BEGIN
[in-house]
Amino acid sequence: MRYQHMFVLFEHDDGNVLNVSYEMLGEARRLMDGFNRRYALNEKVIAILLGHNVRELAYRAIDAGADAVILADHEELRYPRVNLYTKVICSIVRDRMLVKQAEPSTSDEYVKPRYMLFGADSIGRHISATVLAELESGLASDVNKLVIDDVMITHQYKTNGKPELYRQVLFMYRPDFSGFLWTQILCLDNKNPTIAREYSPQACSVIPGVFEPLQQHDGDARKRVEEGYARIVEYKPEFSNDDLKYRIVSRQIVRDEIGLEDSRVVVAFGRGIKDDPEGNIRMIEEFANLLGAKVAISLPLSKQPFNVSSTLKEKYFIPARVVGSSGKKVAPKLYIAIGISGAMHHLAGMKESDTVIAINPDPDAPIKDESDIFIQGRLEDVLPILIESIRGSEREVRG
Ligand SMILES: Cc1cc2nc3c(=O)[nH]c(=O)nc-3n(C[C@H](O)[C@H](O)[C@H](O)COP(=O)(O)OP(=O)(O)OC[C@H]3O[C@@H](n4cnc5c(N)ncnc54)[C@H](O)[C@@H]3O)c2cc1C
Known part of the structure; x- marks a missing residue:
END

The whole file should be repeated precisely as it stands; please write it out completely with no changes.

[in-house]
Amino acid sequence: MRYQHMFVLFEHDDGNVLNVSYEMLGEARRLMDGFNRRYALNEKVIAILLGHNVRELAYRAIDAGADAVILADHEELRYPRVNLYTKVICSIVRDRMLVKQAEPSTSDEYVKPRYMLFGADSIGRHISATVLAELESGLASDVNKLVIDDVMITHQYKTNGKPELYRQVLFMYRPDFSGFLWTQILCLDNKNPTIAREYSPQACSVIPGVFEPLQQHDGDARKRVEEGYARIVEYKPEFSNDDLKYRIVSRQIVRDEIGLEDSRVVVAFGRGIKDDPEGNIRMIEEFANLLGAKVAISLPLSKQPFNVSSTLKEKYFIPARVVGSSGKKVAPKLYIAIGISGAMHHLAGMKESDTVIAINPDPDAPIKDESDIFIQGRLEDVLPILIESIRGSEREVRG
Ligand SMILES: Cc1cc2nc3c(=O)[nH]c(=O)nc-3n(C[C@H](O)[C@H](O)[C@H](O)COP(=O)(O)OP(=O)(O)OC[C@H]3O[C@@H](n4cnc5c(N)ncnc54)[C@H](O)[C@@H]3O)c2cc1C
Known part of the structure; x- marks a missing residue: